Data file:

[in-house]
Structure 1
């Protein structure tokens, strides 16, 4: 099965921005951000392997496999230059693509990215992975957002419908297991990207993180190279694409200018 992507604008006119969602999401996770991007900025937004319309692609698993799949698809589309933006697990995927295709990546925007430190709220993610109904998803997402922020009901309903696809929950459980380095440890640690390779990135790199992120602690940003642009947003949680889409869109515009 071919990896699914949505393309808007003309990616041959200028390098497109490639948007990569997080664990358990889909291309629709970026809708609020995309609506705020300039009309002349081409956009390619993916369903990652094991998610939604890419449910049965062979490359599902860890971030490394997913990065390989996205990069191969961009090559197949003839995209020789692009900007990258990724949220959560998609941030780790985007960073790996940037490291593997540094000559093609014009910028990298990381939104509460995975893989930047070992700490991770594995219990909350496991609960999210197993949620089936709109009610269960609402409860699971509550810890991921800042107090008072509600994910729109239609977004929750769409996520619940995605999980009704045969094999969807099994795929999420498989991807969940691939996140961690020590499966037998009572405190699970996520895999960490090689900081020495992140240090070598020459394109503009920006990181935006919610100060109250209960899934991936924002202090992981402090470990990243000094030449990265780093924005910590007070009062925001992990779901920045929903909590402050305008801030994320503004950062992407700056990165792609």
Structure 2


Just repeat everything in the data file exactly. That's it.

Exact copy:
[in-house]
Structure 1
């Protein structure tokens, strides 16, 4: 099965921005951000392997496999230059693509990215992975957002419908297991990207993180190279694409200018 992507604008006119969602999401996770991007900025937004319309692609698993799949698809589309933006697990995927295709990546925007430190709220993610109904998803997402922020009901309903696809929950459980380095440890640690390779990135790199992120602690940003642009947003949680889409869109515009 071919990896699914949505393309808007003309990616041959200028390098497109490639948007990569997080664990358990889909291309629709970026809708609020995309609506705020300039009309002349081409956009390619993916369903990652094991998610939604890419449910049965062979490359599902860890971030490394997913990065390989996205990069191969961009090559197949003839995209020789692009900007990258990724949220959560998609941030780790985007960073790996940037490291593997540094000559093609014009910028990298990381939104509460995975893989930047070992700490991770594995219990909350496991609960999210197993949620089936709109009610269960609402409860699971509550810890991921800042107090008072509600994910729109239609977004929750769409996520619940995605999980009704045969094999969807099994795929999420498989991807969940691939996140961690020590499966037998009572405190699970996520895999960490090689900081020495992140240090070598020459394109503009920006990181935006919610100060109250209960899934991936924002202090992981402090470990990243000094030449990265780093924005910590007070009062925001992990779901920045929903909590402050305008801030994320503004950062992407700056990165792609």
Structure 2